By, The Reverend Fran Wallace
“I have not done a prayer walk before, but this experience has given me the opportunity to interact more deeply with our group. We shared our love for walking, and admired the beauty of God’s creation. Isn’t it amazing? We prayed, and gave thanks for being there. Blessed be God forever!” ~ Catherine
These are the words of a parishioner at St. Aidan’s who started with our prayer walking group from the first walk. When I was on vacation recently, this person graciously took on the organizing and leading of prayer walks, continuing our new engagement with the community surrounding the church building. I hadn’t asked that anyone do this. Catherine thought of it and proceeded to build this ministry, and we’re grateful.
Being missionally-minded is a growing movement among us, and the prayer walks seemed like a natural way to go about being more missional, especially during the pandemic. We wear masks and maintain a two-metre distance while we pray and walk. When we talk about mission today, if we consider the surrounding community of the parish of St. Aidan’s to be God’s mission field, I don’t think we are going to go out and approach individuals and knock on doors and preach repentance. That’s not the plan, anyway. And that may afford some relief to many. But by learning from Jesus to persevere, have faith, be faithful, and speak the truth boldly, we can live into his words: “do not fear, only believe.” And by our words and actions, others may be awakened to something they are searching for. They might do more than just dismiss us.
On our first prayer walk in the neighbourhood, five of us walked from St. Aidan’s to the local nearby park, where we took rest in the sanctuary of trees and flowers in bloom and prayed. We prayed before setting out, and along the way stopped to pray at the homes where we knew parishioners lived, as well as others. We were a group of persons walking and talking together, physically distanced; I wore the collar.
We encountered many people, and many waved and smiled; friendliness abounded. Not everyone, though—some were maybe focused on their own thoughts, some may have been dismissive or disinterested, some gave a bit of a look, possibly sceptical. I sure noticed, though, and I found myself watching each approaching person and noting their engagement, or lack thereof.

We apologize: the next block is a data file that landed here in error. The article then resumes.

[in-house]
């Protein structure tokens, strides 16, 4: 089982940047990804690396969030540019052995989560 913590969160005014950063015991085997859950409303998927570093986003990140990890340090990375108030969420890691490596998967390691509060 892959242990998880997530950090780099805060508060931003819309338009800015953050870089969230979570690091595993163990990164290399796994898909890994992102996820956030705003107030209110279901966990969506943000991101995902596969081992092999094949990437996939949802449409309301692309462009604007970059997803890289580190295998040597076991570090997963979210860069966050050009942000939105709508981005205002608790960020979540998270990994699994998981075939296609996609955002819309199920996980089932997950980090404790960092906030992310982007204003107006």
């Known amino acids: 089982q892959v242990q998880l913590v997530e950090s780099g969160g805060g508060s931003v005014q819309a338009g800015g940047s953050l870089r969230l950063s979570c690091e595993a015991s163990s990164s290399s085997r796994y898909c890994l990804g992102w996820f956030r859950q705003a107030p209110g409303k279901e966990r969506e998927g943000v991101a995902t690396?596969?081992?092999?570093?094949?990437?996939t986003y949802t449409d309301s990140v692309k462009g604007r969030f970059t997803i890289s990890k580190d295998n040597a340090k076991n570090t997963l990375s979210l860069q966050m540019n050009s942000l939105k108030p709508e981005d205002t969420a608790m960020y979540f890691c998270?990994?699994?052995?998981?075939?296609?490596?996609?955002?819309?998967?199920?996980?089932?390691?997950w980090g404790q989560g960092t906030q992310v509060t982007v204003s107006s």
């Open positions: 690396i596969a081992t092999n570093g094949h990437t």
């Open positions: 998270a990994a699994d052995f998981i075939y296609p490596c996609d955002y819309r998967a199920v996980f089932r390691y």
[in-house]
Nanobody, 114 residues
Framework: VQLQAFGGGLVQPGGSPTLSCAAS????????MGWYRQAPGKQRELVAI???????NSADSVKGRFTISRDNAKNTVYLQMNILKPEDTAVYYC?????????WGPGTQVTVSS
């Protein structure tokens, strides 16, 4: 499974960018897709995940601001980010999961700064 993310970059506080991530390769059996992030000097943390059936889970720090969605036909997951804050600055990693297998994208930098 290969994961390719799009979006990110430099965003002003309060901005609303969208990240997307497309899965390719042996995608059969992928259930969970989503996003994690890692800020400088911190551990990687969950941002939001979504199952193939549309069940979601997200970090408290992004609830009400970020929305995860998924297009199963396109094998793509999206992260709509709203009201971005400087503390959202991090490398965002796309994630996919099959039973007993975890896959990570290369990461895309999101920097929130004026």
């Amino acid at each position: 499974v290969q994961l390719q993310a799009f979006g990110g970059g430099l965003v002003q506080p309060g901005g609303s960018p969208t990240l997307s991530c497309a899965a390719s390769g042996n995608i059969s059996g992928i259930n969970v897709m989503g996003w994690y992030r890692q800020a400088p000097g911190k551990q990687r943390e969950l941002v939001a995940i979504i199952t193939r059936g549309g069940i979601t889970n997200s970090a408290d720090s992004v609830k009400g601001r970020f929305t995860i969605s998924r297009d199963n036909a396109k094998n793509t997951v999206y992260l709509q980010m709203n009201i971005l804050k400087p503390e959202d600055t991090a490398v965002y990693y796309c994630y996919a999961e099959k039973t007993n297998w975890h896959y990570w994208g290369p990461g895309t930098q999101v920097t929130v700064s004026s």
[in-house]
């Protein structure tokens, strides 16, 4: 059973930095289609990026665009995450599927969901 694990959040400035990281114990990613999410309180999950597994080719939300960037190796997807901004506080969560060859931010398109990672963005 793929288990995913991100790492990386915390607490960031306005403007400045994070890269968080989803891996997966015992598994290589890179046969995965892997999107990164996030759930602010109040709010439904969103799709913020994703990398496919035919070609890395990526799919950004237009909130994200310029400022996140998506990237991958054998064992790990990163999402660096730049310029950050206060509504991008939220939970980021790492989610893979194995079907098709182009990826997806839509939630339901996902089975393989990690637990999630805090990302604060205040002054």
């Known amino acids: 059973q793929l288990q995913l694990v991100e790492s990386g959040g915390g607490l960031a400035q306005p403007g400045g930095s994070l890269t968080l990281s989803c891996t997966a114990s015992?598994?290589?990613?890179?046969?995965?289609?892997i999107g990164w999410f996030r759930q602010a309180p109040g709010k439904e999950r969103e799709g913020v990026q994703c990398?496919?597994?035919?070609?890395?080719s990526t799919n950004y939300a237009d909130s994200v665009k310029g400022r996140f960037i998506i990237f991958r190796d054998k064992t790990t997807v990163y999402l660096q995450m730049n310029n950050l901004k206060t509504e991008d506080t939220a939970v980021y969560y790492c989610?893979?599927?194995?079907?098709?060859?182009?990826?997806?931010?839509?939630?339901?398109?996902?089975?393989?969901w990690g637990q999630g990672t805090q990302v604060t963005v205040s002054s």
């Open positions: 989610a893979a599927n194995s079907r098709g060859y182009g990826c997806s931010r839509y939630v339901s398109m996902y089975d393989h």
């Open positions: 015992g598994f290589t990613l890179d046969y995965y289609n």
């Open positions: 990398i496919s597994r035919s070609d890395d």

These prayer walks, often bathed in sunshine as we pass by beautiful gardens, talking with God quietly on occasion as we stop to say our gratitude or pray for persons (no one passing by would realize we are in prayer, we’re Anglican after all!), the comfort of accompanying one another, being with God intentionally, and speaking personally—this a special time for me. I believe and hope it is for the other persons who participate. When it’s safe to do so, we’ll end the time of walking with some refreshment in a local café or some other place of beverage, depending on the time of day.
Is this missional? Yes. We walk with awareness of God’s presence, we pray for the community, we give thanks to God for Creation, and we represent the church visible, out and about in the neighborhood. As we greet people, perhaps it lets them know that we care to say “hi,” to acknowledge and connect with them. We appreciate their greeting us, and sometimes conversation happens. We’re connecting. It’s all helping us get to know the community a little more. And maybe these walks will impact the community getting to know St. Aidan’s more. Prayer walks are missional and they are good; thanks be to God.
Source: The Niagara Anglican Newspaper